In vitro Activity of Fosfomycin Alone and in Combination with Ceftriaxone or Azithromycin Against Clinical Neisseria gonorrhoeae Isolates.

Hauser, Christoph; Hirzberger, Lea; Unemo, Magnus; Furrer, Hansjakob; Endimiani, Andrea (2014). In vitro Activity of Fosfomycin Alone and in Combination with Ceftriaxone or Azithromycin Against Clinical Neisseria gonorrhoeae Isolates. Antimicrobial agents and chemotherapy, 59(3), pp. 1605-1611. American Society for Microbiology 10.1128/AAC.04536-14

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New therapeutic strategies are needed to combat the emergence of infections due to multidrug-resistant Neisseria gonorrhoeae (Ng). In this study, fosfomycin (FOS) was tested against 89 Ng using the Etest method and showing MIC50/90s of only 8/16 μg/ml (range ≤ 1-32 μg/ml). FOS in combination with ceftriaxone (CRO) or azithromycin (AZT) was then evaluated using the checkerboard method for eight strains, including F89 (CRO-resistant) and AZT-HLR (high-level AZT-resistant). All combinations including FOS gave indifferent effects (fractional inhibitory concentration [FIC] index values between 1.2-2.3 for FOS plus CRO and between 1.8-3.2 for FOS plus AZT). Time-kill experiments for FOS, CRO, AZT and their combinations (at concentrations of 0.5×, 1×, 2× and 4× MIC) were performed against ATCC 49226, one Ng of NG-MAST ST1407, F89 and AZT-HLR. For all strains, at 24 hours results indicated that: i) FOS was bactericidal at 2× MIC concentrations but after >24 hours there was re-growth of bacteria; ii) CRO was bactericidal at 0.5× MIC; iii) AZT was bactericidal at 4× MIC; iv) CRO plus AZT was less bactericidal than CRO alone; v) FOS plus AZT was bactericidal at 2× MIC; vi) CRO plus AZT and FOS plus CRO were both bactericidal at 0.5× MIC, but the latter had more rapid effects. FOS is appealing for the management of Ng infections because of its single and oral formulation. However, our results suggest its use in combination with CRO. This strategy could, after appropriate clinical trials, be implemented for the treatment of infections due to isolates possessing resistance to CRO and/or AZT.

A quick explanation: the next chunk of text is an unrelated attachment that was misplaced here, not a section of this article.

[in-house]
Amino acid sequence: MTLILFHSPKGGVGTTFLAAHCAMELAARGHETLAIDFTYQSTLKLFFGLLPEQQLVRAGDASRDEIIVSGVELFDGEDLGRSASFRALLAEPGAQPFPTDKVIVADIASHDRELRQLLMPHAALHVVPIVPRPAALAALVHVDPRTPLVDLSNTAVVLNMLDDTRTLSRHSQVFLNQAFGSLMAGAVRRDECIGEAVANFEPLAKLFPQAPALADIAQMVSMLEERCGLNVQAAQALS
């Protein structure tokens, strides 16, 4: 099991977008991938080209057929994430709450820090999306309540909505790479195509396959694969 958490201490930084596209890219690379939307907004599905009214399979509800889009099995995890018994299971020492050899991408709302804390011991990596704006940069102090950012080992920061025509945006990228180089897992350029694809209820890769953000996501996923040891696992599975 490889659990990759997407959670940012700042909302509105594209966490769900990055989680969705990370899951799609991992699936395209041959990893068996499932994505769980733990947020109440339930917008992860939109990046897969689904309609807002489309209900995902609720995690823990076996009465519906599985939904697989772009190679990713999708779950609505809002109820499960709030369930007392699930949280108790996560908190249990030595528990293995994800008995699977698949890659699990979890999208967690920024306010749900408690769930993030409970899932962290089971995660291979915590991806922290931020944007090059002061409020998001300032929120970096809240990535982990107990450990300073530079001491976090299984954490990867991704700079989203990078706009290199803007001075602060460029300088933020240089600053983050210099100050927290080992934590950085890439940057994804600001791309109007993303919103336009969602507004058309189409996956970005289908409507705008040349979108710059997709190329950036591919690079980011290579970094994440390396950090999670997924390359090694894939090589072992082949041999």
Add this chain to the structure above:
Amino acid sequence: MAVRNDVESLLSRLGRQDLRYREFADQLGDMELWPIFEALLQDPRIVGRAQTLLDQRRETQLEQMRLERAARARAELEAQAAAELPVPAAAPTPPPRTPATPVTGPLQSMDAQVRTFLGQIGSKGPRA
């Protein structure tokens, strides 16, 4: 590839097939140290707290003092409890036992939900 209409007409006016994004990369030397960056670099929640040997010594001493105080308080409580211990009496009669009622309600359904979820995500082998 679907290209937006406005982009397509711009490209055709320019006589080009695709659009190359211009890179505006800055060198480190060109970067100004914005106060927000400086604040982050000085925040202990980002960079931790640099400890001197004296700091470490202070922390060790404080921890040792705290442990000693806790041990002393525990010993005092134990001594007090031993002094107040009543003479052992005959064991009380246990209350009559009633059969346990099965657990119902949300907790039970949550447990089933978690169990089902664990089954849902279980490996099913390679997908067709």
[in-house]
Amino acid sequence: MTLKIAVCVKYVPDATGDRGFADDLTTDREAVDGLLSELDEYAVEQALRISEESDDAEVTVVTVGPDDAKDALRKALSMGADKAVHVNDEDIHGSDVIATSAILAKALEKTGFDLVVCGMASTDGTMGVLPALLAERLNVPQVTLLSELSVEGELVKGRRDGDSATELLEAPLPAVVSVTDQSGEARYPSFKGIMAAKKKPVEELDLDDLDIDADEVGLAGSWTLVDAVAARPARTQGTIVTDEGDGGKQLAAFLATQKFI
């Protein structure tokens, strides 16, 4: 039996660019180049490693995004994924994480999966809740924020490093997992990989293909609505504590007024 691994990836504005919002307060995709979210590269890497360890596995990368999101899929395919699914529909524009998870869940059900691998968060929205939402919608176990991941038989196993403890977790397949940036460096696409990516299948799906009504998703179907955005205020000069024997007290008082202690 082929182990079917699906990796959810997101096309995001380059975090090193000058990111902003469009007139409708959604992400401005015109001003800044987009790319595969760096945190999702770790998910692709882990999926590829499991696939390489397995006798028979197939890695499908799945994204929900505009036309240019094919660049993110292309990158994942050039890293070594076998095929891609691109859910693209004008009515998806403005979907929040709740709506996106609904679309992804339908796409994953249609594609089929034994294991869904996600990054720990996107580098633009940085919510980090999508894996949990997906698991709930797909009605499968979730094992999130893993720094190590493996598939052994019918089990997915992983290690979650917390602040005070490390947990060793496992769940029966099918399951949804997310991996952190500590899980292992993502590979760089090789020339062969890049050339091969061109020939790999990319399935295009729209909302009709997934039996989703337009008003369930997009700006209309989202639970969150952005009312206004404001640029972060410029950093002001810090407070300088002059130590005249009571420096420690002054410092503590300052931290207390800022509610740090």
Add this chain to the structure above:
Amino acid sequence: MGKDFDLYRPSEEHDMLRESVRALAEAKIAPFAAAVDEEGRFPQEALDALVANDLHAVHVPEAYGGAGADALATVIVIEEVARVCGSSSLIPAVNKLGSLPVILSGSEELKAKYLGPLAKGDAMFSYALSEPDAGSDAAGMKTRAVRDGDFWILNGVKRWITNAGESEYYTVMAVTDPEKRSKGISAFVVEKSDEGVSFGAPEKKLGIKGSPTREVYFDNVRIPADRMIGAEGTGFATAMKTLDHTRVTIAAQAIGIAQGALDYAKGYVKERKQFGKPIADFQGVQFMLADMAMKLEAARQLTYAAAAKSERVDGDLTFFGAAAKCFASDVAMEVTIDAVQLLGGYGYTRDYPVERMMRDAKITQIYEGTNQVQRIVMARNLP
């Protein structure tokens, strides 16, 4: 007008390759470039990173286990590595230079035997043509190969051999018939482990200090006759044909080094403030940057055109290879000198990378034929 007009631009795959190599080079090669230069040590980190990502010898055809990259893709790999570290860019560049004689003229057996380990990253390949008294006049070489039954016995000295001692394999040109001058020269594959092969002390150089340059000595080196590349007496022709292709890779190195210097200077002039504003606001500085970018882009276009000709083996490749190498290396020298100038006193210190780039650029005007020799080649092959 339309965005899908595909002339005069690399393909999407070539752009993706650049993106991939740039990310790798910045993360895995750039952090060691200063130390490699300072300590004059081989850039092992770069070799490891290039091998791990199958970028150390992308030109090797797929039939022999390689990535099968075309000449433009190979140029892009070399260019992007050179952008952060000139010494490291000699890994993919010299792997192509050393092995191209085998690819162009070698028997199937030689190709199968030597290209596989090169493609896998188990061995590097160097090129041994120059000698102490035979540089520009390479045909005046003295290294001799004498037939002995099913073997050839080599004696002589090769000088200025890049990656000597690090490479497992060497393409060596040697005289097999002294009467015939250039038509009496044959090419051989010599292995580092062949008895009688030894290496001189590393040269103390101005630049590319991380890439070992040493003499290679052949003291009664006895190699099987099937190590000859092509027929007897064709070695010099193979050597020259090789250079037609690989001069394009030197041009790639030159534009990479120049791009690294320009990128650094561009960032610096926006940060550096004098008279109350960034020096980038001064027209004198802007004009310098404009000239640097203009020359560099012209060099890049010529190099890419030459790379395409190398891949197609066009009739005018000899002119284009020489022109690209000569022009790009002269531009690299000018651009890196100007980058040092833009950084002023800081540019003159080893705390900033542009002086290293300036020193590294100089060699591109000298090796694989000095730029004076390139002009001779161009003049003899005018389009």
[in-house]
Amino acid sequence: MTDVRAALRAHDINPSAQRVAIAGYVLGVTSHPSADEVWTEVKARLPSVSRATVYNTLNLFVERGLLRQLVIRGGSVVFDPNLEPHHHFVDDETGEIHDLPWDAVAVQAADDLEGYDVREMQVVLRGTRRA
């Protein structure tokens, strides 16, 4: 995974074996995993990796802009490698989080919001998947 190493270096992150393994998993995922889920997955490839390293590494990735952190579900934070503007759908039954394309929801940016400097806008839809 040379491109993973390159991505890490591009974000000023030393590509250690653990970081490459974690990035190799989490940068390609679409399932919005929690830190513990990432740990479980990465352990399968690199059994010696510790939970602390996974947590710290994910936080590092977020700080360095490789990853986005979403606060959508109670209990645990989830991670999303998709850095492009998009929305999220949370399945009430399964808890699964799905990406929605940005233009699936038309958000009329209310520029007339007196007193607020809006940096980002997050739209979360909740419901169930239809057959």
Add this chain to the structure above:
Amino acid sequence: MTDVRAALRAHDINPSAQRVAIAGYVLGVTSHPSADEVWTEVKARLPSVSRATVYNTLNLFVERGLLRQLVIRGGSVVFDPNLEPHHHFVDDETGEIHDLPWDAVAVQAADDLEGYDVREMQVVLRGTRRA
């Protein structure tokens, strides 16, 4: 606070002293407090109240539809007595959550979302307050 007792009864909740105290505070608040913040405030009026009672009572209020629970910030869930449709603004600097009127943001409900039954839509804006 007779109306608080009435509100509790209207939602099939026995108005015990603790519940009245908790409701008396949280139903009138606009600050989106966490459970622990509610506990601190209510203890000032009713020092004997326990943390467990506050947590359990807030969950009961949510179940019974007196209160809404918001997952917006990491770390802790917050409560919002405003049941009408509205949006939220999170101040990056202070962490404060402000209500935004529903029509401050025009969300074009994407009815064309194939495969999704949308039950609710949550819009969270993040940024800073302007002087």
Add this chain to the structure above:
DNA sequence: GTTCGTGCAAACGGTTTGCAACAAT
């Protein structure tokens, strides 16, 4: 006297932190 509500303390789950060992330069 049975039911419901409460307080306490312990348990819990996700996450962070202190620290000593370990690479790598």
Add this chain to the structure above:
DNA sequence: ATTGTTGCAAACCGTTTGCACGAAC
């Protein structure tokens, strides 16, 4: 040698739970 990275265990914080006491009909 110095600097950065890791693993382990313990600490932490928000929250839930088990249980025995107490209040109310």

Item Type:

Journal Article (Original Article)


04 Faculty of Medicine > Service Sector > Institute for Infectious Diseases
04 Faculty of Medicine > Department of Haematology, Oncology, Infectious Diseases, Laboratory Medicine and Hospital Pharmacy (DOLS) > Clinic of Infectiology

UniBE Contributor:

Hauser, Christoph Victor, Hirzberger, Lea, Furrer, Hansjakob, Endimiani, Andrea


500 Science > 570 Life sciences; biology
600 Technology > 610 Medicine & health




American Society for Microbiology




Annelies Luginbühl

Date Deposited:

10 Feb 2015 10:58

Last Modified:

02 Mar 2023 23:25

Publisher DOI:


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